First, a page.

Humans are hardwired to respond to stimuli and to expect a consequence of any action. This is how habits are acquired: the brain expects to be rewarded a certain way under certain circumstances. How you initially responded to certain stimuli is how your brain will always remind you to behave when the same stimuli are experienced.

                                      If you visited the bar close to your office with colleagues every Friday, your brain will learn to send you a signal to stop there even when you are alone and eventually not just on Fridays. It will expect the reward of a drink after work every day, which can potentially lead to a drinking problem.

                                      Kicking negative behavior patterns and steering clear of them requires a lot of willpower, and there are many reasons why breaking bad habits is so difficult.

                                      1. Lack of Awareness or Acceptance

                                      Breaking a bad habit is not possible if the person who has it is not aware that it is a bad one.

                                      Many people will not realize that their communication skills are poor or that their procrastination is affecting them negatively, or even that the drink they had as a nightcap has now increased to three.

                                      Awareness brings acceptance. Unless a person realizes on their own that a habit is bad, or someone manages to convince them of the same, there is very little chance of the habit being kicked.

                                      2. No Motivation

                                      Going through a divorce, not being able to cope with academic pressure, and falling into debt are instances that can bring a profound sense of failure with them. A person going through these times can fall into a cycle of negative thinking where the world is against them and nothing they can do will ever help, so they stop trying altogether.

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                                      This give-up attitude is a bad habit that just keeps coming around. Being in debt could make you feel like you are failing at maintaining your home, family, and life in general.

                                      If you are looking to get out of a rut and feel motivated, take a look at this article: Why Is Internal Motivation So Powerful (And How to Find It)

                                      3. Underlying Psychological Conditions

                                      Psychological conditions such as depression and ADD can make it difficult to start breaking bad habits.

                                      A depressed person may find it difficult to summon the energy to cook a healthy meal, resulting in food being ordered in or consumption of packaged foods. This could lead to a habit that adversely affects health and is difficult to overcome.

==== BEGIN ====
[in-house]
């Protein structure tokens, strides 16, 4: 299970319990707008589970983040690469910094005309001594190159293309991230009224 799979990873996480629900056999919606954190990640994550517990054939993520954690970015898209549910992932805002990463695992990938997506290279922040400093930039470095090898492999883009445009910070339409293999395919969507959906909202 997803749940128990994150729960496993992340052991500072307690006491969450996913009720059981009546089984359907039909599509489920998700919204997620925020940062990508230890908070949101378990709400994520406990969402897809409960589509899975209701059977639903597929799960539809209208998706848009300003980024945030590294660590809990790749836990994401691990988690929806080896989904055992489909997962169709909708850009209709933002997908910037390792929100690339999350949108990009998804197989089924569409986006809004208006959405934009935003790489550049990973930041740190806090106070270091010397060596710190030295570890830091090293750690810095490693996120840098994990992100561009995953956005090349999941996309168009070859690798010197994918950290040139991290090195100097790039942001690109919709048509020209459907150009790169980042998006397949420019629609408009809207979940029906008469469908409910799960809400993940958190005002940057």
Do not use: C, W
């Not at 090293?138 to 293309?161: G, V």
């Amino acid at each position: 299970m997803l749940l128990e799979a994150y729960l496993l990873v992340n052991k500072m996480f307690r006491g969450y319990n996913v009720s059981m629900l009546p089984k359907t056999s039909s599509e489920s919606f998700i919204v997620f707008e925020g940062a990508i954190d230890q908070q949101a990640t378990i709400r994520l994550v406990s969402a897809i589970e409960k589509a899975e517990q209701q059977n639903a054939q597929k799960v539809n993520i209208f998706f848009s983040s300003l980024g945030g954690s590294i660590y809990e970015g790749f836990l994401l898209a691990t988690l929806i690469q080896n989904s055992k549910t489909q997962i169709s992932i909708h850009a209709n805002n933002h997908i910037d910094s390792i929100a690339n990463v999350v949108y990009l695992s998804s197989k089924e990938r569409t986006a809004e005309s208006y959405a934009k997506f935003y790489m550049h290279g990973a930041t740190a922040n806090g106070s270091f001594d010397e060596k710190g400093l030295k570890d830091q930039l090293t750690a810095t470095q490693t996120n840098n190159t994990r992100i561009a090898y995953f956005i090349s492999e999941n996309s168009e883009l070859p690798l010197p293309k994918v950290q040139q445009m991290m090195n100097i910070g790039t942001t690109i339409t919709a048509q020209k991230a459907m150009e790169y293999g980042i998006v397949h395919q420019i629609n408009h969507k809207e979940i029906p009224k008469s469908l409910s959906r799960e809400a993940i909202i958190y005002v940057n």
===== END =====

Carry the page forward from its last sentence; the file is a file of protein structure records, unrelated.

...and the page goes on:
A person with ADD may start to clean their house but get distracted soon after, leaving the task incomplete, eventually leading to a state where it is acceptable to live in a house that is untidy and dirty.

                                      The fear of missing out (FOMO) is very real to some people. Obsessively checking their social media and news sources, they may believe that not knowing of something as soon as it is published can be catastrophic to their social standing.

                                      4. Bad Habits Make Us Feel Good

                                      One of the reasons it is difficult to break habits is that a lot of them make us feel good.[1]

                                      We’ve all been there – the craving for a tub of ice cream after a breakup or a casual drag on a joint, never to be repeated until we miss how good it made us feel. We succumb to the craving for the pleasure felt while indulging in it, cementing it as a habit even while we are aware it isn’t good for us.

                                      Overeating is a very common bad habit. Just another pack of chips, a couple of candies, a large soda… none of these are necessary for survival. We want them because they give us comfort. They’re familiar, they taste good, and we don’t even notice when we progress from just one extra slice of pizza to four.

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                                      You can read this article to learn more: We Do What We Know Is Bad for Us, Why?

                                      5. Upward Comparisons

                                      Comparisons are a bad habit that many of us have been exposed to since we were children. Parents might have compared us to siblings, teachers may have compared us to classmates, and bosses could compare us to past and present employees.

                                      The people who have developed the bad habit of comparing themselves to others have been given incorrect yardsticks for measurement from the start.